Memory of slain brother drives Bridgeport man’s goal to become state trooper
Gamel Dawkins, 32, of Bridgeport, says he is one step closer to achieving that dream of becoming a Connecticut State Police trooper – thanks to somebody who's had his back for a long time.
The Honorable Kevin S. Russo, a Superior Court Judge in the Judicial District of Fairfield, has written Dawkins a glowing letter of recommendation for a career in law enforcement. What makes that recommendation so special – Russo was the same judge who presided over the murder trials of both men convicted in the 2018 murder of Dawkins' little brother, 12-year-old Clinton Howell.
"He's seen the turmoil that my family has endured with the passing of my brother…he sees that I want to give back," says Dawkins. “He wanted to be there every step of the way.”
Howell’s killing took place in front of the family's home on Willow Street just a week before Christmas. It was on the same porch that Dawkins recently got his results back from the standardized test required to become a trooper.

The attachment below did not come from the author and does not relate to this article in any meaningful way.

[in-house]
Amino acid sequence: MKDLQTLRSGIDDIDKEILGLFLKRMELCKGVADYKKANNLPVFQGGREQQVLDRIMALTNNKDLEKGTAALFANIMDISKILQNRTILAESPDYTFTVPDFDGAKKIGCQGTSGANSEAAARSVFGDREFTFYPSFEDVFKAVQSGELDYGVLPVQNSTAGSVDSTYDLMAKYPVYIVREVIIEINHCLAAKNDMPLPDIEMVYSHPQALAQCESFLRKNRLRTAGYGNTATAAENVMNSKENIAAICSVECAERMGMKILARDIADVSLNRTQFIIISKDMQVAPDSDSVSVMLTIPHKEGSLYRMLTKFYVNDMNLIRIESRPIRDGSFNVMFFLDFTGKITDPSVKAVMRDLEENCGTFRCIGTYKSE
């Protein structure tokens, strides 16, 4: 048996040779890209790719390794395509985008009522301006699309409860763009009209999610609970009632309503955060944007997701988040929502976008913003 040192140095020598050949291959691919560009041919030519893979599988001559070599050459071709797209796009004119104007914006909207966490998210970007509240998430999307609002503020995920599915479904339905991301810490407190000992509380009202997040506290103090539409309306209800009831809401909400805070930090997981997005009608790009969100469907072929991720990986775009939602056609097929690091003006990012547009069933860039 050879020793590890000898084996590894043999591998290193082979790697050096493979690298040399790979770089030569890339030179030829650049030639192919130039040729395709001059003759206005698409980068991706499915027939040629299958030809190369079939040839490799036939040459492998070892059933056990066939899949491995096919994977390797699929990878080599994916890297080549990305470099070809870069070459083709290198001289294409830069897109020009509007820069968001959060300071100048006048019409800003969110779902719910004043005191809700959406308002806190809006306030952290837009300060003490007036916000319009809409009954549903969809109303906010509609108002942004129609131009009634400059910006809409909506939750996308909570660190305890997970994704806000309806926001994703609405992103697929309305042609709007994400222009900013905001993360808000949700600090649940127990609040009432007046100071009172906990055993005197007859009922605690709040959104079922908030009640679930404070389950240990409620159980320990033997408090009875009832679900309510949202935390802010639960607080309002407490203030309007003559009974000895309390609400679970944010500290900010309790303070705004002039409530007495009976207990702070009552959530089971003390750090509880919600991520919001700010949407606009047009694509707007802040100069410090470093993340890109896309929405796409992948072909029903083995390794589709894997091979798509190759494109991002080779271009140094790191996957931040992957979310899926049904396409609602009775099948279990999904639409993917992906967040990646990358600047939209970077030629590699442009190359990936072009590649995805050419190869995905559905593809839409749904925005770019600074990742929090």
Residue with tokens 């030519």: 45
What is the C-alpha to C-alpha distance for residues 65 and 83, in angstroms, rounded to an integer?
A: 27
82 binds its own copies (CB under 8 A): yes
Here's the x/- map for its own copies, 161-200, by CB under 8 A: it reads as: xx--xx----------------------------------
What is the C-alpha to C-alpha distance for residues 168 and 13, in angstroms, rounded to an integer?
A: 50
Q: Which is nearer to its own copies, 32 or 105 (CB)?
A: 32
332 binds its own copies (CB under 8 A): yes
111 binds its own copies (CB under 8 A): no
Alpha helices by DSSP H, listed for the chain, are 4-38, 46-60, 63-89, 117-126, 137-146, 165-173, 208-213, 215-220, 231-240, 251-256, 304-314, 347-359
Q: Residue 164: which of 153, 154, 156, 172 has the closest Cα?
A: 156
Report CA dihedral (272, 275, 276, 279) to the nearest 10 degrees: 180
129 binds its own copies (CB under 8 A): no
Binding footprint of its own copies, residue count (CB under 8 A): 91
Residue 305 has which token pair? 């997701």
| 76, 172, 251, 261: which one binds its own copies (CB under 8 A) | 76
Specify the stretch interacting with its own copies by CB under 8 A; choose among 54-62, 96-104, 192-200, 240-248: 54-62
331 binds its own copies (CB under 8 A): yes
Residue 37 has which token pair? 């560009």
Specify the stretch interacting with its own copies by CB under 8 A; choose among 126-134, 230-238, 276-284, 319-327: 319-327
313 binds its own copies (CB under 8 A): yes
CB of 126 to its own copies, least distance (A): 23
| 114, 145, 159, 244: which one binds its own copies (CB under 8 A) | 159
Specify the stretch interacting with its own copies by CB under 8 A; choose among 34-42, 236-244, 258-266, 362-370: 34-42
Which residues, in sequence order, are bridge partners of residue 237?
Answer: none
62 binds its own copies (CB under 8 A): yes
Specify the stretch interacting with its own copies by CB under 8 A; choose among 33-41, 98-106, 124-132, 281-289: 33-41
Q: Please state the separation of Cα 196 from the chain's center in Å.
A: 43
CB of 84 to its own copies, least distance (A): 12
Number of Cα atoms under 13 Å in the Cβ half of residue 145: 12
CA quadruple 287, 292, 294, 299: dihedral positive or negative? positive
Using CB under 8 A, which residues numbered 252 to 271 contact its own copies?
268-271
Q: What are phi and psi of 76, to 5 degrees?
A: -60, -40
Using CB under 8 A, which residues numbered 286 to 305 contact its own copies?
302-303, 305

"When I saw that I passed it, it was just -- it was joy. I felt like a weight was lifted off my shoulders. That I actually completed that milestone," says Dawkins.
He got a visit from both candidates running for mayor of Bridgeport in the Democratic primary this Tuesday -- John Gomes and the incumbent Mayor Joe Ganim.
Ganim says he's been helping Dawkins on his path to becoming a trooper for the past two years. Dawkins also got support from Sen. Richard Blumenthal.
"I'm inspired by Gamel Dawkins' dedication to protecting others after the tragic loss of his brother," says Blumenthal.
Dawkins says he is determined not to let Howell’s death be in vain.
"Everyone knows with the police, in recent memory, with the public and community relations have had a strain…my mindset to come in and show everyone that I'm here to help," says Dawkins.
He only has a little further to go before reaching his goal of stopping gun violence through a career in law enforcement, in memory of his brother.
"Having Clinton behind me, and guiding me, and in my spirits -- it always keeps that fire and always keeps me wanting to do it every day," says Dawkins.